Effective maintenance of railways requires a comprehensive assessment of the actual condition of the construction materials involved. In this regard, Ground-Penetrating Radar (GPR) stands as a viable alternative to the invasive and time-consuming traditional techniques for the inspection of these infrastructures. This work reports the experimental activities carried out on a test-site area within a railway depot in Rome, Italy. To this purpose, a 30 m-long railway section was divided into ten sub-sections reproducing different various physical and structural conditions of the track-bed. For more detail, combinations of varying scenarios of fragmentation and fouling of the ballast were reproduced. The set-up was then investigated using different multi-frequency GPR horn antenna systems. The effects of the different physical conditions of ballast on the electromagnetic response of the material were analysed for each scenario using time- and frequency-domain signal processing techniques. Parallel to this, modelling was provided to estimate fouling content. Interpretation of results has proven the viability of the GPR method in detecting signs of decay at the network level, thereby proving this technique to be worthy of implementation in asset management systems.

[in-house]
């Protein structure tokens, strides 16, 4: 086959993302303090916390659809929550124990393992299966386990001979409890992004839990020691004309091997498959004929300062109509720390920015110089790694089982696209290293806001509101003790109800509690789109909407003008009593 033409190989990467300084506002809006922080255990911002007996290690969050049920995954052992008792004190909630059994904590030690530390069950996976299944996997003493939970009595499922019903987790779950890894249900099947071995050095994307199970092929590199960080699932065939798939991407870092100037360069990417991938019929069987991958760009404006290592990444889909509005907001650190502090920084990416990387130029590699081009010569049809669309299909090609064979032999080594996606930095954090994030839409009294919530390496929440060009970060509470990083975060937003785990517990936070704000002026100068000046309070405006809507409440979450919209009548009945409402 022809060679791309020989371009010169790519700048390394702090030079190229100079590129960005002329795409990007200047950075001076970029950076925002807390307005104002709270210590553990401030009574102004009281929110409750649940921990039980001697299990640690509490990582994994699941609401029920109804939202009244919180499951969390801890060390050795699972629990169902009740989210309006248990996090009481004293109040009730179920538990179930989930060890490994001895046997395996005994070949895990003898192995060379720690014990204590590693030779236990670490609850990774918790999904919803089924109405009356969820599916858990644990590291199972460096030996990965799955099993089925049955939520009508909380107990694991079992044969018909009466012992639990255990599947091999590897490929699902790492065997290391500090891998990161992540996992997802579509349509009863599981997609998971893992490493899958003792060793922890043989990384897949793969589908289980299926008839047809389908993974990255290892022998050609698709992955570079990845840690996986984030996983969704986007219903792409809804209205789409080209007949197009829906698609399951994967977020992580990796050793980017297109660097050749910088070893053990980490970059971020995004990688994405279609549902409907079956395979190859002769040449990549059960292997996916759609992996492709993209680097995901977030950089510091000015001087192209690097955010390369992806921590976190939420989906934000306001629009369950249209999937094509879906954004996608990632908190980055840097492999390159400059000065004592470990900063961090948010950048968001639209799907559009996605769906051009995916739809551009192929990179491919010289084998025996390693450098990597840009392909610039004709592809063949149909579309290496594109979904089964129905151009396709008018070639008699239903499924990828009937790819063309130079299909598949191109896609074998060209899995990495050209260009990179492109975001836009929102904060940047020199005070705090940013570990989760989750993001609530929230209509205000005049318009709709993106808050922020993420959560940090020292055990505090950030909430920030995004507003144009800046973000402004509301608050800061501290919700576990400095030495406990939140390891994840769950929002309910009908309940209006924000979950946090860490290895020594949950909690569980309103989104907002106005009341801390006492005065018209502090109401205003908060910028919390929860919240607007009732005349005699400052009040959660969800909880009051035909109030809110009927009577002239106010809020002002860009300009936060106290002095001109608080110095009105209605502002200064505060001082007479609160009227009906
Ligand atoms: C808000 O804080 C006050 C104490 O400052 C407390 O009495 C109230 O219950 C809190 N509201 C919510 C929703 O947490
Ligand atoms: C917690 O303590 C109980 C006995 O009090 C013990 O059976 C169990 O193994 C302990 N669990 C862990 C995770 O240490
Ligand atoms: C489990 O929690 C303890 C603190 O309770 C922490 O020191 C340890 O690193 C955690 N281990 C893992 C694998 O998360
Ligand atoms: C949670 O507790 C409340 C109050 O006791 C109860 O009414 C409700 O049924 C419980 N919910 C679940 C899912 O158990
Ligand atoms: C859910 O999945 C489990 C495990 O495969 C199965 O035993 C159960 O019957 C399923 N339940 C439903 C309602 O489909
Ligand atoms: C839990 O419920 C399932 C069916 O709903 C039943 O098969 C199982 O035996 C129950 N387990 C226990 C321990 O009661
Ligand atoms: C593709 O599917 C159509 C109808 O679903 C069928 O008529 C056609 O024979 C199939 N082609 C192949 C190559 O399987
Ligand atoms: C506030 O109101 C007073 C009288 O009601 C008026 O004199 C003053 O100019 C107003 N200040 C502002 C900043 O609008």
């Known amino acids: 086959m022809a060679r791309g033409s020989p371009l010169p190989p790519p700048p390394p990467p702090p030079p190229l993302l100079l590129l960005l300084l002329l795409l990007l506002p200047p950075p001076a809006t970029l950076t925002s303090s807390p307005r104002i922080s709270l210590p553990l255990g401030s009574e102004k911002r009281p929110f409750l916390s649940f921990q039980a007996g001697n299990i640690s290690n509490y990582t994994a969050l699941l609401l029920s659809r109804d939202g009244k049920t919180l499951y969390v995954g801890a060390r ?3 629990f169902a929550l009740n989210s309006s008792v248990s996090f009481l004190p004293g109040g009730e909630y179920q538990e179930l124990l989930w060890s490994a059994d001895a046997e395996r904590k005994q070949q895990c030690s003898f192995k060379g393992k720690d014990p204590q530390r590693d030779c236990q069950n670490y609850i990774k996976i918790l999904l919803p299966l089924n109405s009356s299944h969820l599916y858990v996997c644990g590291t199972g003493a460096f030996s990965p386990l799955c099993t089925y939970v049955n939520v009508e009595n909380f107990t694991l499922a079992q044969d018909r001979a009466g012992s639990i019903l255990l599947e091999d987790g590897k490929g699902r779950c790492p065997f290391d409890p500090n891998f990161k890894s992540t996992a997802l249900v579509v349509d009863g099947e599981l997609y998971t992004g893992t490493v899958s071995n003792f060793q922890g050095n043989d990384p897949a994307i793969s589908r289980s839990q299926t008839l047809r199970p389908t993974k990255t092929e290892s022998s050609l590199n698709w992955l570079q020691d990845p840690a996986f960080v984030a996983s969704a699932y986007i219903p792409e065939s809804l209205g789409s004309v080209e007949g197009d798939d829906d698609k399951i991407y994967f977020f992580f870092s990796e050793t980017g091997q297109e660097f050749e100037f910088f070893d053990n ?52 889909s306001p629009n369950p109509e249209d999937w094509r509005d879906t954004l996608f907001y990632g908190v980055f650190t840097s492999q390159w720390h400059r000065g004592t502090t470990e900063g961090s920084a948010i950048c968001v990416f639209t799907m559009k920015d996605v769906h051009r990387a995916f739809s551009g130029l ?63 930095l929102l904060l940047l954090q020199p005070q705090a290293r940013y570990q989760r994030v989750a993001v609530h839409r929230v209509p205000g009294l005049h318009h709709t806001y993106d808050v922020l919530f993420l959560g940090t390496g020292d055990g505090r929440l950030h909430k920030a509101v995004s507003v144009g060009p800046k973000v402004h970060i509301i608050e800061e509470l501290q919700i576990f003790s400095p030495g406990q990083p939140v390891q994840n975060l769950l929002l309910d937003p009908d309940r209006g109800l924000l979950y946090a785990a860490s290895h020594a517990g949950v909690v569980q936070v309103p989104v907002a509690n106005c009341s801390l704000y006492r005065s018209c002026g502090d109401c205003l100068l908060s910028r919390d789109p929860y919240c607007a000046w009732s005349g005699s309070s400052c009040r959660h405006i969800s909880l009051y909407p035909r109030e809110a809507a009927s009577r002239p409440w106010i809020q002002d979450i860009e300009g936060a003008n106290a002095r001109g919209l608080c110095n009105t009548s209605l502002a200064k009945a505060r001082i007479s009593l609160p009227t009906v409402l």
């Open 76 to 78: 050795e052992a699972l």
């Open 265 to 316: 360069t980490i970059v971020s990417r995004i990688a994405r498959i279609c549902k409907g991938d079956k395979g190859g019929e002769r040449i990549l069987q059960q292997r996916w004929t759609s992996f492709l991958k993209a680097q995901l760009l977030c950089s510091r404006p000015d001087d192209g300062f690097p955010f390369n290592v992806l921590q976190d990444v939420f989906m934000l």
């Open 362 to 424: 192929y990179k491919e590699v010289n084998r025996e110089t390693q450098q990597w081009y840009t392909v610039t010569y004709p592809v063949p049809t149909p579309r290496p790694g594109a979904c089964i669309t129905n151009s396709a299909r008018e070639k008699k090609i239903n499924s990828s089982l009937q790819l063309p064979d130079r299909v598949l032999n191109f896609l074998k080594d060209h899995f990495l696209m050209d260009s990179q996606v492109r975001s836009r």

This is an open access article distributed under the Creative Commons Attribution License
which permits unrestricted use, distribution, and reproduction in any medium, provided the original work is properly cited